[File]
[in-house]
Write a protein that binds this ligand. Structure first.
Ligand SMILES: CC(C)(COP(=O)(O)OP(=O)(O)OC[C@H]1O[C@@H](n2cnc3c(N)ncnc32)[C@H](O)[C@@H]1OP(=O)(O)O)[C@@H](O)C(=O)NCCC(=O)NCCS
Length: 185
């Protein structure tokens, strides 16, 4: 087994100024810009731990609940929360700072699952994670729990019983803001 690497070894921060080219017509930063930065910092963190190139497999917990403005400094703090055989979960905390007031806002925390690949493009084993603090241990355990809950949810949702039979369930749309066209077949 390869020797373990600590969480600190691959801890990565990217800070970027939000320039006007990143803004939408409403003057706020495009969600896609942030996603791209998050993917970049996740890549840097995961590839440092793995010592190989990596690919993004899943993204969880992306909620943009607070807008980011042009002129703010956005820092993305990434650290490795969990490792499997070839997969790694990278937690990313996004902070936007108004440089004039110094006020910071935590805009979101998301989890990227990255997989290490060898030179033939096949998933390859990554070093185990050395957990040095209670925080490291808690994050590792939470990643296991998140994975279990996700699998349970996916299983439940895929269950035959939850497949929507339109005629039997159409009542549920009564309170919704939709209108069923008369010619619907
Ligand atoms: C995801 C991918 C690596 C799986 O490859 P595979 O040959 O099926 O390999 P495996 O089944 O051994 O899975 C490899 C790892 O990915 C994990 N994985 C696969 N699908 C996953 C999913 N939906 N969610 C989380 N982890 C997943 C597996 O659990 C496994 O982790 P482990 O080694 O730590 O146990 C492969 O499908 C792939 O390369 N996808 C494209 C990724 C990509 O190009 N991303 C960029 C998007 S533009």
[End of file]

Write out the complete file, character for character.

[in-house]
Write a protein that binds this ligand. Structure first.
Ligand SMILES: CC(C)(COP(=O)(O)OP(=O)(O)OC[C@H]1O[C@@H](n2cnc3c(N)ncnc32)[C@H](O)[C@@H]1OP(=O)(O)O)[C@@H](O)C(=O)NCCC(=O)NCCS
Length: 185
């Protein structure tokens, strides 16, 4: 087994100024810009731990609940929360700072699952994670729990019983803001 690497070894921060080219017509930063930065910092963190190139497999917990403005400094703090055989979960905390007031806002925390690949493009084993603090241990355990809950949810949702039979369930749309066209077949 390869020797373990600590969480600190691959801890990565990217800070970027939000320039006007990143803004939408409403003057706020495009969600896609942030996603791209998050993917970049996740890549840097995961590839440092793995010592190989990596690919993004899943993204969880992306909620943009607070807008980011042009002129703010956005820092993305990434650290490795969990490792499997070839997969790694990278937690990313996004902070936007108004440089004039110094006020910071935590805009979101998301989890990227990255997989290490060898030179033939096949998933390859990554070093185990050395957990040095209670925080490291808690994050590792939470990643296991998140994975279990996700699998349970996916299983439940895929269950035959939850497949929507339109005629039997159409009542549920009564309170919704939709209108069923008369010619619907
Ligand atoms: C995801 C991918 C690596 C799986 O490859 P595979 O040959 O099926 O390999 P495996 O089944 O051994 O899975 C490899 C790892 O990915 C994990 N994985 C696969 N699908 C996953 C999913 N939906 N969610 C989380 N982890 C997943 C597996 O659990 C496994 O982790 P482990 O080694 O730590 O146990 C492969 O499908 C792939 O390369 N996808 C494209 C990724 C990509 O190009 N991303 C960029 C998007 S533009």